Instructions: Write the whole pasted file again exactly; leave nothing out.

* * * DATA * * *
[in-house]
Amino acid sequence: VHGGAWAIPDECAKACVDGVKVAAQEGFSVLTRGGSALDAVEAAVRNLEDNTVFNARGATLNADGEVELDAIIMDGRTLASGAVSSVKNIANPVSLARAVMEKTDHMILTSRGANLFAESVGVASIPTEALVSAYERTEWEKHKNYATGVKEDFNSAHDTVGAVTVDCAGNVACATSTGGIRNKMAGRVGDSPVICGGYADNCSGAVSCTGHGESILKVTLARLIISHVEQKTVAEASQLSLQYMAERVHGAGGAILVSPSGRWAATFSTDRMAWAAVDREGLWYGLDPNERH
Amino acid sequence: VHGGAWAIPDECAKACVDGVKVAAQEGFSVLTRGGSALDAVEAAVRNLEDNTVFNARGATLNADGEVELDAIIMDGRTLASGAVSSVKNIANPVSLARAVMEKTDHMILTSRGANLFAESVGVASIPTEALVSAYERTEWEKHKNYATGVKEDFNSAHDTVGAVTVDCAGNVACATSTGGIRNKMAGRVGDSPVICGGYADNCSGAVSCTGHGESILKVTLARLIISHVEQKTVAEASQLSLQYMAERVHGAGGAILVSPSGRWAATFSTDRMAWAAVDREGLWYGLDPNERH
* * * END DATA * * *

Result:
[in-house]
Amino acid sequence: VHGGAWAIPDECAKACVDGVKVAAQEGFSVLTRGGSALDAVEAAVRNLEDNTVFNARGATLNADGEVELDAIIMDGRTLASGAVSSVKNIANPVSLARAVMEKTDHMILTSRGANLFAESVGVASIPTEALVSAYERTEWEKHKNYATGVKEDFNSAHDTVGAVTVDCAGNVACATSTGGIRNKMAGRVGDSPVICGGYADNCSGAVSCTGHGESILKVTLARLIISHVEQKTVAEASQLSLQYMAERVHGAGGAILVSPSGRWAATFSTDRMAWAAVDREGLWYGLDPNERH
Amino acid sequence: VHGGAWAIPDECAKACVDGVKVAAQEGFSVLTRGGSALDAVEAAVRNLEDNTVFNARGATLNADGEVELDAIIMDGRTLASGAVSSVKNIANPVSLARAVMEKTDHMILTSRGANLFAESVGVASIPTEALVSAYERTEWEKHKNYATGVKEDFNSAHDTVGAVTVDCAGNVACATSTGGIRNKMAGRVGDSPVICGGYADNCSGAVSCTGHGESILKVTLARLIISHVEQKTVAEASQLSLQYMAERVHGAGGAILVSPSGRWAATFSTDRMAWAAVDREGLWYGLDPNERH